How AFUE Ratings Determine The Efficiency Of Home Heating Equipment

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Energy Star reports that heating and cooling accounts for about 50 percent of the average home’s total energy bill. Thus, one way to decrease your spending on energy is by making smart decisions concerning the replacement, maintenance, and repair of your HVAC system. For your home heating equipment, you should take the time to familiarize yourself with AFUE ratings because these ratings directly impact the efficiency of boilers and furnaces. The following are all of the most important things to know about AFUE ratings.

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What an AFUE Rating Is

Represented as a percentage, the AFUE rating or the annual fuel utilization efficiency rating of an appliance was created by ASHARE (American Society of Heating, Air Conditioning, & Refrigeration Engineers) that measures the efficiency of heating equipment such as furnaces, water heaters, and boilers. AFUE ratings can be defined as a ratio measuring the amount of heat that a unit produces in relation to the amount of fuel that it consumes.

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How AFUE Is Calculated

Thus, to calculate the AFUE rating of your home heating system, just divide the amount of fuel that it uses by the amount of heat that it provides which is commonly stated in BTUs or British Thermal Units. For instance, if your heater has an AFUE rating of 85 percent, this means that it of all the fuel that it uses, 85 percent produces heat and the remaining 15 percent is lost via chimneys, burners, and other areas of inefficiency.

It’s important to note that AFUE ratings do not account for energy losses resulting from ductwork or HVAC pipes. There can be significant amounts of heat loss. As per the DOE (the U.S. Department of Energy), ductwork in attics, garages, and other areas of the building that aren’t directly serviced by air conditioners or heaters can lose up to 35 percent of the output from furnaces.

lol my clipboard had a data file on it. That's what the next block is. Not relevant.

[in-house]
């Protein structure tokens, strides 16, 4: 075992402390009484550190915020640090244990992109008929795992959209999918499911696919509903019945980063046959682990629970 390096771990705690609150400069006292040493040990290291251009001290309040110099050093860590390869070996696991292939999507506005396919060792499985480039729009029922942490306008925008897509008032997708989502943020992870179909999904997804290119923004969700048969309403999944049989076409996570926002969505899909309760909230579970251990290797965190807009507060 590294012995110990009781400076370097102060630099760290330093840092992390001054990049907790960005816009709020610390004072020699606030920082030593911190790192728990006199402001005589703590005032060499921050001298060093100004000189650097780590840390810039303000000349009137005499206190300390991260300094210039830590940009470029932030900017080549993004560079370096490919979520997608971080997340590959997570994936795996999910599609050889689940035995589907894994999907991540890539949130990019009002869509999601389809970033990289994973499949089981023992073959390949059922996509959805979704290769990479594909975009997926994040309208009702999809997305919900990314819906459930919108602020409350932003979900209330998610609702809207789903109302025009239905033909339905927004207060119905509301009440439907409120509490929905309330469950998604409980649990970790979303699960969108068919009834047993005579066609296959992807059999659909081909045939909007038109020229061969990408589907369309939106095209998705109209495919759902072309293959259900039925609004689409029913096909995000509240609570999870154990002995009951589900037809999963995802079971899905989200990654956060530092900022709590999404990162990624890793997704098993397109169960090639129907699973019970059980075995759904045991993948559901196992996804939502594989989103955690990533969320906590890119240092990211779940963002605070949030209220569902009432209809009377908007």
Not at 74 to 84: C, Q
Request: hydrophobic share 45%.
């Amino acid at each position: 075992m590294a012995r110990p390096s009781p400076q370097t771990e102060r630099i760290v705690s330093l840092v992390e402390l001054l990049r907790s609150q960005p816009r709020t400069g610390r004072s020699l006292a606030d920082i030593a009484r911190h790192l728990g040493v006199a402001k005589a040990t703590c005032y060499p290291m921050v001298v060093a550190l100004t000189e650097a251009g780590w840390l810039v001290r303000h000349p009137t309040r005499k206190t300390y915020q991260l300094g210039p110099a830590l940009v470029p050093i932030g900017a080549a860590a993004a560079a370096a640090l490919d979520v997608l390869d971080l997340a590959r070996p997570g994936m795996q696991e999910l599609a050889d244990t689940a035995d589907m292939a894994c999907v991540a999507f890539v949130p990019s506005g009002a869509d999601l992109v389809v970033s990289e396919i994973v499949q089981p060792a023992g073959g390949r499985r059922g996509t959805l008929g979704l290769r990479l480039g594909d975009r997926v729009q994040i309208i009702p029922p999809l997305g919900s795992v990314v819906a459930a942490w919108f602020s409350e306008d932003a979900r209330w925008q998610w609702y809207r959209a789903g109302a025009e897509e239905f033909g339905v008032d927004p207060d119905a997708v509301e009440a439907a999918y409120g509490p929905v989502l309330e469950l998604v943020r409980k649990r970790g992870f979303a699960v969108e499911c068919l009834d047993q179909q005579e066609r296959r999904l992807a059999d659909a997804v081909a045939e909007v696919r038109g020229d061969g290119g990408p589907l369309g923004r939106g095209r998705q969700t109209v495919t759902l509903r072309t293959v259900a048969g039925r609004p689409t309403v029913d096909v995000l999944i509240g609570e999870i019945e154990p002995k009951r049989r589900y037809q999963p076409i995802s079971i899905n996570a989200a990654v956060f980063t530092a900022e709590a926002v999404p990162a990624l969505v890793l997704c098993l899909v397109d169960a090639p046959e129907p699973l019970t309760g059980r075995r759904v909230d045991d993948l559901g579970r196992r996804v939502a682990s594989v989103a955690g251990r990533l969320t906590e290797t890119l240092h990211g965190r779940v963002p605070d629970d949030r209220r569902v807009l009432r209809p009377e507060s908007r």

Higher AFUE ratings mean higher levels of efficiency, and lower AFUE ratings denote less efficiency. Simply put, units with high AFUE ratings lead to lower spending on fuel. It’s vital to note that electric heat pumps don’t use AFUE in heating mode. They use HSPF (Heating Season Performance Factor) instead. AFUE is currently a national standard of measurement that the DOE uses to determine the combustion efficiency of heating systems.

To promote higher levels of efficiency throughout the nation, the DOE has established minimum AFUE ratings for gas-fired heaters at 80 percent for Southwest locations and 90 percent for the Northern region. Nearly all new furnaces, which are considered high-efficiency heating systems, currently produced have AFUE ratings of 90 percent or higher.

Related Article: Why Are My Rooms Heating Unevenly?


How to Locate a Heater’s AFUE Rating

In an effort to help shoppers make informed buying decisions, the Federal Trade Commission (FTC) requires companies that make furnaces and boilers to publish AFUE ratings right on their products. This information is usually published right on the yellow EnergyGuide label that’s on most electrical appliances. If you cannot find this rating on the EnergyGuide label, get the retailer’s or the manufacturer’s website to locate this information – or your owner’s manual.

Remember that the heating system usually becomes less efficient as time goes on. Thus, the printed AFUE rating from the manufacturer will probably be significantly higher than the current AFUE rating. This is why it is best to have an HVAC technician measure the current, actual AFUE rating of your furnace or boiler for you.

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What Is Considered a Good AFUE Rating?